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IMC 2023: Sessions

Session 328: Networking the Diocese: Material Transactions in Early and High Medieval Bishoprics

Monday 3 July 2023, 16.30-18.00

Organiser:Philipp Winterhager, Institut für Geschichtswissenschaften, Humboldt-Universität zu Berlin
Moderator/Chairs:Joana Hansen, Geschichte des frühen und hohen Mittelalters sowie für Historische Grundwissenschaften, Christian-Albrechts-Universität zu Kiel
Bastiaan Waagmeester, Graduiertenkolleg 1662 'Religiöses Wissen im vormodernen Europa (800–1800)', Eberhard-Karls-Universität Tübingen
Paper 328-aTemporal Wealth and Eternal Needs: Some Thoughts on the Temporalities of Ecclesiastical Economies in the Earlier Middle Ages
(Language: English)
Stephan Bruhn, Historisches Seminar/Mittelalterliche Geschichte, Christian-Albrechts-Universität Kiel
Index terms: Canon Law, Ecclesiastical History, Economics - General
Paper 328-bPoor, Meek, Mourning... but Successful: Archiepiscopal Strategies in Vulkuld's Life of Bardo of Mainz
(Language: English)
Philipp Winterhager, Institut für Geschichtswissenschaften, Humboldt-Universität zu Berlin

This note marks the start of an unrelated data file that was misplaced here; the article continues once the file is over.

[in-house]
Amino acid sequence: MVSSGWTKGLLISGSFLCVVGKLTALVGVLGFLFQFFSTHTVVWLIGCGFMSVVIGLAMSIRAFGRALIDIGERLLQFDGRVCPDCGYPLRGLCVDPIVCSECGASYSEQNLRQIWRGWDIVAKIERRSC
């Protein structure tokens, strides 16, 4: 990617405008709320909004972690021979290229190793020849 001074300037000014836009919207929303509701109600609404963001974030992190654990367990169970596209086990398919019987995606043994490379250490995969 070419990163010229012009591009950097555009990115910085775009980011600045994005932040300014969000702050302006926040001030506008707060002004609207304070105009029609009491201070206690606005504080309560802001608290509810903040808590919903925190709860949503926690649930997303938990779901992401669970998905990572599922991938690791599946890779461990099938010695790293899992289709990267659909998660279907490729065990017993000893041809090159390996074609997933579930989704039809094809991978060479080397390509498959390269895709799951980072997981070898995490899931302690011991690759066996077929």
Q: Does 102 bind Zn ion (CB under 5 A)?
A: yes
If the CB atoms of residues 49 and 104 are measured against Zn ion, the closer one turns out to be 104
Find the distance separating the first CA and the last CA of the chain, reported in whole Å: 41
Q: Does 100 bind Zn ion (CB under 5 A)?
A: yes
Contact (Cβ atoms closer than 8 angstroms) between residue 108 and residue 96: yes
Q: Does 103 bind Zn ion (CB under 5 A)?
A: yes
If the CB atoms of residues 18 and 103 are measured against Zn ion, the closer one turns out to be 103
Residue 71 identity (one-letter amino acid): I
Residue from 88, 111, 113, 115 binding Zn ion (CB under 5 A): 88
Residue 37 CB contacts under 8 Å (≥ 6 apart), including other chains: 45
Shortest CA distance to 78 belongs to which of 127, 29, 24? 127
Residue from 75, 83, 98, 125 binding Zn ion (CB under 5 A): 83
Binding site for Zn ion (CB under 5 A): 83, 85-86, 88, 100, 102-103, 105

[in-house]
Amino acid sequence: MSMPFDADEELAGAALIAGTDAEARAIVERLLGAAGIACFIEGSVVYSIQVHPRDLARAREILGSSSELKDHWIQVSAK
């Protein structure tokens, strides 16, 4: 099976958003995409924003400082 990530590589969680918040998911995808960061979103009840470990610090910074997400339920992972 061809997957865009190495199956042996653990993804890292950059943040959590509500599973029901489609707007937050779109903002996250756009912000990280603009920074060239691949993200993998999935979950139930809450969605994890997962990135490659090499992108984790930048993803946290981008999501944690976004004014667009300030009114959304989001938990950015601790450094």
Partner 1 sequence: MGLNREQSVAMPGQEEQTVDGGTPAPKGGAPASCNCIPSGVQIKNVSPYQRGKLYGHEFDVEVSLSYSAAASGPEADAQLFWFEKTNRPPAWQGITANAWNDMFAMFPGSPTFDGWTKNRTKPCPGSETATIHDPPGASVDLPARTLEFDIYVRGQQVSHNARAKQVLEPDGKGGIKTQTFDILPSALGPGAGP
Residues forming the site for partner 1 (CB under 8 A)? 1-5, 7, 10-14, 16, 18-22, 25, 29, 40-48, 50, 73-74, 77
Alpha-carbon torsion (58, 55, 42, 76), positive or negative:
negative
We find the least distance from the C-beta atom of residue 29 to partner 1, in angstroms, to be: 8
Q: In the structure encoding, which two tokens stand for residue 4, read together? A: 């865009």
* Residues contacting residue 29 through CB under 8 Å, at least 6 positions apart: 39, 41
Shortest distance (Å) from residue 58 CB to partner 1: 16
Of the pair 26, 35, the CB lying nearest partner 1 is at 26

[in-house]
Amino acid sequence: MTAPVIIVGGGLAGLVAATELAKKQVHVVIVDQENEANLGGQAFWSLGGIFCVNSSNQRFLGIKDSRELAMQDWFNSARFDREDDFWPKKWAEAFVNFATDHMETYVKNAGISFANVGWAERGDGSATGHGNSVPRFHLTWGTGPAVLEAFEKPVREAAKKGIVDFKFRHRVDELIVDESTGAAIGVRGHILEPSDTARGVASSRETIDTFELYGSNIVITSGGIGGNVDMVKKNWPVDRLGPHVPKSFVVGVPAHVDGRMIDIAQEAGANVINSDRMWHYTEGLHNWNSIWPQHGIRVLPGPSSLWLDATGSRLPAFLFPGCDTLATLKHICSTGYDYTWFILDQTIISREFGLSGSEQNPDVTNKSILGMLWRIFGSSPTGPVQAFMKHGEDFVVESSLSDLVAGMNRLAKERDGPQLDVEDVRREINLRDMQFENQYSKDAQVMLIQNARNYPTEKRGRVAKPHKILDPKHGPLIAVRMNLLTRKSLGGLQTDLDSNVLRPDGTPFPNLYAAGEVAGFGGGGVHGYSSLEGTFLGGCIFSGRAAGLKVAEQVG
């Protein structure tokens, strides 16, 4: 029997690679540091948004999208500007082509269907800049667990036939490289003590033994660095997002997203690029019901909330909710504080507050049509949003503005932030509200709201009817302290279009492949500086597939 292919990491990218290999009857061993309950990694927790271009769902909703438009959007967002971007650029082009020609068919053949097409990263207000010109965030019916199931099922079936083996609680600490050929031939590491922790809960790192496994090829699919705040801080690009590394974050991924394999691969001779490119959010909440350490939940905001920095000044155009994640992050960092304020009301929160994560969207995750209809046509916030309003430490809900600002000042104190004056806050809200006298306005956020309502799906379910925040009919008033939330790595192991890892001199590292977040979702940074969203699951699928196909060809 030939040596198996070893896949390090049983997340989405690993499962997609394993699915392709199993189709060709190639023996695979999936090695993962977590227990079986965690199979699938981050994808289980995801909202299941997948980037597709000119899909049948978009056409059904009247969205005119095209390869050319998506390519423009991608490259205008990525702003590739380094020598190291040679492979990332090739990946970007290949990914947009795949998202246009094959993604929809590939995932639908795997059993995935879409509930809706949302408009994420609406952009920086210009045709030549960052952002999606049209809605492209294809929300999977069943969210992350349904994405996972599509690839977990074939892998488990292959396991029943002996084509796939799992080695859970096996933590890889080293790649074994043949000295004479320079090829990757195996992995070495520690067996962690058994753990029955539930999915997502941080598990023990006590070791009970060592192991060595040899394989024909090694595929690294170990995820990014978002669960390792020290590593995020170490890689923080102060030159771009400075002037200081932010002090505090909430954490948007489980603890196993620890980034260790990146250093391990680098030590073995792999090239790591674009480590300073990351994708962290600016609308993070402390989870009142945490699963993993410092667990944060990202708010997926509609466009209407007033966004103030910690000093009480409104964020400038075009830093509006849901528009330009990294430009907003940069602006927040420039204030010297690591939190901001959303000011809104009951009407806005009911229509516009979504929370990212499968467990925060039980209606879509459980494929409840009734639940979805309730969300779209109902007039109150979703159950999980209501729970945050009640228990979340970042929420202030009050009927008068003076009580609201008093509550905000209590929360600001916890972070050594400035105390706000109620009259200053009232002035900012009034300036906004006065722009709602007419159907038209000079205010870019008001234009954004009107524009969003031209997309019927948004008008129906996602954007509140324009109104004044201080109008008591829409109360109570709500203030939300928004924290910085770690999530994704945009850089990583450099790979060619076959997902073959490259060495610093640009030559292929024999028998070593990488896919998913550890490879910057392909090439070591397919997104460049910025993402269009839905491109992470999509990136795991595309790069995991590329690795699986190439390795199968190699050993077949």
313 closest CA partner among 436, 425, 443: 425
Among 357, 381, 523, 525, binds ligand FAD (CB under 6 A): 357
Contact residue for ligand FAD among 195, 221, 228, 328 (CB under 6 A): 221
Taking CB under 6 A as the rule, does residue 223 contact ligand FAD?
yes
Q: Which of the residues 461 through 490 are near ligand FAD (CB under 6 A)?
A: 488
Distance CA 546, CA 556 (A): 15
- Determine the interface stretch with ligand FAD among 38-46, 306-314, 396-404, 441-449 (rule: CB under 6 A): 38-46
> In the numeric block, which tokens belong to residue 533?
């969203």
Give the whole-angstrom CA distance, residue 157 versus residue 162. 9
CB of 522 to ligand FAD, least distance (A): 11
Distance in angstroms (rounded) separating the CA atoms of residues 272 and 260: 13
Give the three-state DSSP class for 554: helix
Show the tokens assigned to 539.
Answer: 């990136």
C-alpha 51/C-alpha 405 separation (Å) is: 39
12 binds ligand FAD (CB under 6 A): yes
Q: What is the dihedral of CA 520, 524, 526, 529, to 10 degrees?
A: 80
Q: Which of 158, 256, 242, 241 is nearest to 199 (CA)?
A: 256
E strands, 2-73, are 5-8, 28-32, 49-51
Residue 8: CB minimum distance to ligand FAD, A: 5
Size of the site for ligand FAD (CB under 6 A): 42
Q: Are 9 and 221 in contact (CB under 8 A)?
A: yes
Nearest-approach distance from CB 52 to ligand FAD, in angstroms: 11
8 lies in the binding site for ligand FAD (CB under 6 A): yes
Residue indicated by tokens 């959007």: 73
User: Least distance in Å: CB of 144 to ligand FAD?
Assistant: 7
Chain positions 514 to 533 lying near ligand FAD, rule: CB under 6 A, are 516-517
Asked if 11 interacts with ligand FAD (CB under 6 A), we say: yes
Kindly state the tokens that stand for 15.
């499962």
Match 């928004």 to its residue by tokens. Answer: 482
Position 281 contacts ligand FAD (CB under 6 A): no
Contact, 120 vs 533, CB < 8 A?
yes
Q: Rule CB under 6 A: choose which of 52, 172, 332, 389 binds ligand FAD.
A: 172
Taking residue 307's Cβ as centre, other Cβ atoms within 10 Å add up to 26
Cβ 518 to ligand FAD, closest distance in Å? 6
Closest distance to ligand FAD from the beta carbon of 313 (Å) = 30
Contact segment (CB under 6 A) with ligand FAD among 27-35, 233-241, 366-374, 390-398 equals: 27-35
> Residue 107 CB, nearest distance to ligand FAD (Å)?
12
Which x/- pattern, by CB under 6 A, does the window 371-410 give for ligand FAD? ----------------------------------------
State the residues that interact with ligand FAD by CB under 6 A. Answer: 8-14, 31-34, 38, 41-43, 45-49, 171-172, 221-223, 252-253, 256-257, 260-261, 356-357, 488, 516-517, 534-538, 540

Index terms: Ecclesiastical History, Economics - General, Hagiography
Paper 328-cFiefs and Mortgages: Material Transactions in the Episcopal Charters of Bamberg in the 12th and 13th Century
(Language: English)
Sebastian Kalla, Lehrstuhl für Mittelalterliche Geschichte, Albert-Ludwigs-Universität Freiburg
Index terms: Charters and Diplomatics, Ecclesiastical History, Economics - General

Medieval bishops have traditionally been studied through the lens of royal politics and ecclesiastical reforms, but only more recently as regional players in their dioceses. This panel highlights one aspect that needs to be readdressed in this context. Material transactions - gift, loan, exchange of property, transfer of tithes etc - provide an opportunity to trace not only the existence, but the making of local and regional networks between bishops and the various actors in their dioceses. The panel thus focuses on modes of networking. It addresses material transaction as social practice, the strategies behind diocesan exchange, and the language used in various genres (narrative sources, charters, synodal decrees) to analyse these regional networkings. The papers adapts these questions with regard to different regions of western and central Europe and from Merovingian times through the 12th/13th centuries.